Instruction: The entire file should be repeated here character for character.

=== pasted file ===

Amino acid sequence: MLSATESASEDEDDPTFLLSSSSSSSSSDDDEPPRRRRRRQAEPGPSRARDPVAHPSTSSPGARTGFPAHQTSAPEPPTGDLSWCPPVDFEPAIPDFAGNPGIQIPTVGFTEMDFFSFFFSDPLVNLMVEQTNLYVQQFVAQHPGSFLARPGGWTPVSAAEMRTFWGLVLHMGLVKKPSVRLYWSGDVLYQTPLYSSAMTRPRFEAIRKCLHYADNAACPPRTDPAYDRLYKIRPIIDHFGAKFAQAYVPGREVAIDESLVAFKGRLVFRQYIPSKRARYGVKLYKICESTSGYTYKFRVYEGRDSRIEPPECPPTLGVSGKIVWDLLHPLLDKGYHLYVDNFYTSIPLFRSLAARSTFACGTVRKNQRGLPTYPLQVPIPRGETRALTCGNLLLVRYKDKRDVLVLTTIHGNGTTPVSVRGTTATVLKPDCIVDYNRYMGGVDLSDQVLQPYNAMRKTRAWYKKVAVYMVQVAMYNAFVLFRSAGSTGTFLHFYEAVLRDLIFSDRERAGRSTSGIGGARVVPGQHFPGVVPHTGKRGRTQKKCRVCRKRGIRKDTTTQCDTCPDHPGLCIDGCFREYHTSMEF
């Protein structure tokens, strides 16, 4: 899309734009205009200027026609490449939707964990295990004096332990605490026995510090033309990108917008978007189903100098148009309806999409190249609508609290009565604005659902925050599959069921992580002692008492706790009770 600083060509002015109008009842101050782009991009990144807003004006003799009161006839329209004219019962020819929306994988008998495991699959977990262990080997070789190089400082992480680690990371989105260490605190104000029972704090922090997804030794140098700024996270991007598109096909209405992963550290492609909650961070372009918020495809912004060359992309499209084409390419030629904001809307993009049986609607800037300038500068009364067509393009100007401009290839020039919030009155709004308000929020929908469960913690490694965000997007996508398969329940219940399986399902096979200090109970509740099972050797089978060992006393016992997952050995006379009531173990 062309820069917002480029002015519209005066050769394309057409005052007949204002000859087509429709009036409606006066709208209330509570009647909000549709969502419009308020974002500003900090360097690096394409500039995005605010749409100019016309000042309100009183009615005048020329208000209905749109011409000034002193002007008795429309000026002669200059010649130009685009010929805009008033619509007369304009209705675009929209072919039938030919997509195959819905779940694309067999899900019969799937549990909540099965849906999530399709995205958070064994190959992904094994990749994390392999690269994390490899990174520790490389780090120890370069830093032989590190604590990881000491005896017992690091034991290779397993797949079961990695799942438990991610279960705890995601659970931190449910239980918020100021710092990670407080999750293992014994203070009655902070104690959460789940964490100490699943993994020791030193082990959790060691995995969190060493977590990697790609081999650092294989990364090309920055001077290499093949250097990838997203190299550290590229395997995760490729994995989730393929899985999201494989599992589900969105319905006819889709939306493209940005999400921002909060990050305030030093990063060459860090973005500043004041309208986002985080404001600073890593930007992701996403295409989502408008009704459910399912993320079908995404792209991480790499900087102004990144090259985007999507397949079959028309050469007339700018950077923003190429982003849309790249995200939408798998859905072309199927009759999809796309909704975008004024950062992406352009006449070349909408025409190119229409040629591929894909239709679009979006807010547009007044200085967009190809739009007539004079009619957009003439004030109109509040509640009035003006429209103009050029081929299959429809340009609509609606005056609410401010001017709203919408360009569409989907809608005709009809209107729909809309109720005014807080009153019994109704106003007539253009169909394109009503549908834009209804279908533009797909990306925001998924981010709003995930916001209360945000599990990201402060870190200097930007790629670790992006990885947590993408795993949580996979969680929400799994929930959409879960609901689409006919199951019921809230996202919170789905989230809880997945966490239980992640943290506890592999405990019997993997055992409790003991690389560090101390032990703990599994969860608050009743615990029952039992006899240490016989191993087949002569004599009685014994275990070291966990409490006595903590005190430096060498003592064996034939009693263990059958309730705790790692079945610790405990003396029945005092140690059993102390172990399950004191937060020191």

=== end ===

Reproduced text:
Amino acid sequence: MLSATESASEDEDDPTFLLSSSSSSSSSDDDEPPRRRRRRQAEPGPSRARDPVAHPSTSSPGARTGFPAHQTSAPEPPTGDLSWCPPVDFEPAIPDFAGNPGIQIPTVGFTEMDFFSFFFSDPLVNLMVEQTNLYVQQFVAQHPGSFLARPGGWTPVSAAEMRTFWGLVLHMGLVKKPSVRLYWSGDVLYQTPLYSSAMTRPRFEAIRKCLHYADNAACPPRTDPAYDRLYKIRPIIDHFGAKFAQAYVPGREVAIDESLVAFKGRLVFRQYIPSKRARYGVKLYKICESTSGYTYKFRVYEGRDSRIEPPECPPTLGVSGKIVWDLLHPLLDKGYHLYVDNFYTSIPLFRSLAARSTFACGTVRKNQRGLPTYPLQVPIPRGETRALTCGNLLLVRYKDKRDVLVLTTIHGNGTTPVSVRGTTATVLKPDCIVDYNRYMGGVDLSDQVLQPYNAMRKTRAWYKKVAVYMVQVAMYNAFVLFRSAGSTGTFLHFYEAVLRDLIFSDRERAGRSTSGIGGARVVPGQHFPGVVPHTGKRGRTQKKCRVCRKRGIRKDTTTQCDTCPDHPGLCIDGCFREYHTSMEF
């Protein structure tokens, strides 16, 4: 899309734009205009200027026609490449939707964990295990004096332990605490026995510090033309990108917008978007189903100098148009309806999409190249609508609290009565604005659902925050599959069921992580002692008492706790009770 600083060509002015109008009842101050782009991009990144807003004006003799009161006839329209004219019962020819929306994988008998495991699959977990262990080997070789190089400082992480680690990371989105260490605190104000029972704090922090997804030794140098700024996270991007598109096909209405992963550290492609909650961070372009918020495809912004060359992309499209084409390419030629904001809307993009049986609607800037300038500068009364067509393009100007401009290839020039919030009155709004308000929020929908469960913690490694965000997007996508398969329940219940399986399902096979200090109970509740099972050797089978060992006393016992997952050995006379009531173990 062309820069917002480029002015519209005066050769394309057409005052007949204002000859087509429709009036409606006066709208209330509570009647909000549709969502419009308020974002500003900090360097690096394409500039995005605010749409100019016309000042309100009183009615005048020329208000209905749109011409000034002193002007008795429309000026002669200059010649130009685009010929805009008033619509007369304009209705675009929209072919039938030919997509195959819905779940694309067999899900019969799937549990909540099965849906999530399709995205958070064994190959992904094994990749994390392999690269994390490899990174520790490389780090120890370069830093032989590190604590990881000491005896017992690091034991290779397993797949079961990695799942438990991610279960705890995601659970931190449910239980918020100021710092990670407080999750293992014994203070009655902070104690959460789940964490100490699943993994020791030193082990959790060691995995969190060493977590990697790609081999650092294989990364090309920055001077290499093949250097990838997203190299550290590229395997995760490729994995989730393929899985999201494989599992589900969105319905006819889709939306493209940005999400921002909060990050305030030093990063060459860090973005500043004041309208986002985080404001600073890593930007992701996403295409989502408008009704459910399912993320079908995404792209991480790499900087102004990144090259985007999507397949079959028309050469007339700018950077923003190429982003849309790249995200939408798998859905072309199927009759999809796309909704975008004024950062992406352009006449070349909408025409190119229409040629591929894909239709679009979006807010547009007044200085967009190809739009007539004079009619957009003439004030109109509040509640009035003006429209103009050029081929299959429809340009609509609606005056609410401010001017709203919408360009569409989907809608005709009809209107729909809309109720005014807080009153019994109704106003007539253009169909394109009503549908834009209804279908533009797909990306925001998924981010709003995930916001209360945000599990990201402060870190200097930007790629670790992006990885947590993408795993949580996979969680929400799994929930959409879960609901689409006919199951019921809230996202919170789905989230809880997945966490239980992640943290506890592999405990019997993997055992409790003991690389560090101390032990703990599994969860608050009743615990029952039992006899240490016989191993087949002569004599009685014994275990070291966990409490006595903590005190430096060498003592064996034939009693263990059958309730705790790692079945610790405990003396029945005092140690059993102390172990399950004191937060020191």